I would use four in careful speech. (For me, at least) it is machine + -ery, not -ry. That said, the schwa (weak vowel represented by <e> in this word) is liable to disappear between two such consonants as [n] and [r]. It could easily be three syllables in normal speech.
I can't say anything about the accents in England. In the States however, I have heard the word pronounced as (MA-SHEEN-RY) Don't ask me which state the person was from because I don't remember. I also didn't make any assumptions about the persons education because some Americans have a bad habit of doing just with nothing other than a persons accent as the only determining factor.
It really depends on the word. For instance, you'll probably find a vast majority of people pronoucing chocolate as two syllables. Conversely, policeman is more often a three-syllable than a two-syllable word.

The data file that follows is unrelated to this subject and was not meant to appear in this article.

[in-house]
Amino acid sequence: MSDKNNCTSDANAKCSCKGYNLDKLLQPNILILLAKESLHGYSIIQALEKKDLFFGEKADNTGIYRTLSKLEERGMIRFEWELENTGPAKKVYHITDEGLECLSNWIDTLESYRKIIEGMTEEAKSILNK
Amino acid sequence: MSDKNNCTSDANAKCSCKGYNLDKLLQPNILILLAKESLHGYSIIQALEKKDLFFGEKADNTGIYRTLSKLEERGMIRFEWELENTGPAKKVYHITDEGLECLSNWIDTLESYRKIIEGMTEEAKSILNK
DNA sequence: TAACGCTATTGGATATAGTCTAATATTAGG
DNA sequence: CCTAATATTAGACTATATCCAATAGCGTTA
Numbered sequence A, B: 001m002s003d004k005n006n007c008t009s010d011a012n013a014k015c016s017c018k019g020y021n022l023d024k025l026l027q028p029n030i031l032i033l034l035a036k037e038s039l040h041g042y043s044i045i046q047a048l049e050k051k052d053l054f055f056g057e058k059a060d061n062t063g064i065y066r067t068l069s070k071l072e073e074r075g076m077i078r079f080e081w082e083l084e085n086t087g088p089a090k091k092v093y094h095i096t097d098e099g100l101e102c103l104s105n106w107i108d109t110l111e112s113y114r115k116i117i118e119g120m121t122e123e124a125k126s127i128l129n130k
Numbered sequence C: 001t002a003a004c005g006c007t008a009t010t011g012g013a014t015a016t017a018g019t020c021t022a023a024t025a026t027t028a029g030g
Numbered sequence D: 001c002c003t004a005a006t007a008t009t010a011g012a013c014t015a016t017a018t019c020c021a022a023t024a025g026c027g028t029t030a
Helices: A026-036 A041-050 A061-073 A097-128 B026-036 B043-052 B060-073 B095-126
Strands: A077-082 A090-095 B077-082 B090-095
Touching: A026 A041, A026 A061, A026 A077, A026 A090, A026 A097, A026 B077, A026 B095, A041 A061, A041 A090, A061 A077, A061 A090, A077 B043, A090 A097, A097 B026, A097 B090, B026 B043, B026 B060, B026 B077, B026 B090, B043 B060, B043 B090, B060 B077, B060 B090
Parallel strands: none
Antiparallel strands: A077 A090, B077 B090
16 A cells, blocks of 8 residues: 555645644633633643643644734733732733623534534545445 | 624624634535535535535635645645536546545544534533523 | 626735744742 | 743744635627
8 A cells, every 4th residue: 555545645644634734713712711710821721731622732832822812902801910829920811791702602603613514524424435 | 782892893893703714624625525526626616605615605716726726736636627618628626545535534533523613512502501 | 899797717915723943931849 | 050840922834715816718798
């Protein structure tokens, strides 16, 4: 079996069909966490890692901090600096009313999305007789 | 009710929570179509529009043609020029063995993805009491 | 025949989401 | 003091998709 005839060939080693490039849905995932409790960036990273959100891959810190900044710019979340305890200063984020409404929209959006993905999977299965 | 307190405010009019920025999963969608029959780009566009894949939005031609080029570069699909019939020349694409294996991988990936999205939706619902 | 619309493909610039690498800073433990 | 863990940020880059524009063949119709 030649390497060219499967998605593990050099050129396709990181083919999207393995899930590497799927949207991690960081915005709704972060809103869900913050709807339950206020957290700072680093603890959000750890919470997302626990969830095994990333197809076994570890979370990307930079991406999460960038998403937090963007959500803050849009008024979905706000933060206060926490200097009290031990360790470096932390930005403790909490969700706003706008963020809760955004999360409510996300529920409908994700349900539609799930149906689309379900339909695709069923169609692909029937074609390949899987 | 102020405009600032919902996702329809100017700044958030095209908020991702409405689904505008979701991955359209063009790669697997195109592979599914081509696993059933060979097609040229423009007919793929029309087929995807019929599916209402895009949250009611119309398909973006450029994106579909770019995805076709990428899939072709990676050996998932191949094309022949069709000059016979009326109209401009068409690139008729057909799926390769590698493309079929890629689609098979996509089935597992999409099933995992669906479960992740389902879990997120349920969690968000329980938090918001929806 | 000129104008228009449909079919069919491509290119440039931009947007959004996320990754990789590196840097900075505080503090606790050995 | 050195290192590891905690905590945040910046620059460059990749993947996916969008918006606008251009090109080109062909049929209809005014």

(from what I've heard, that is).
I was once in a phonology class where we tested our own pronunciations of such words. I couldn't see any logic to what I said. There are some words - among them temperature, general, different - where I cannot use a schwa even in careful speech: it just strikes me as a mispronunciation to add the extra syllable. There are many others where there is an underlying schwa, deletable by a normal phonetic process depending on speech style.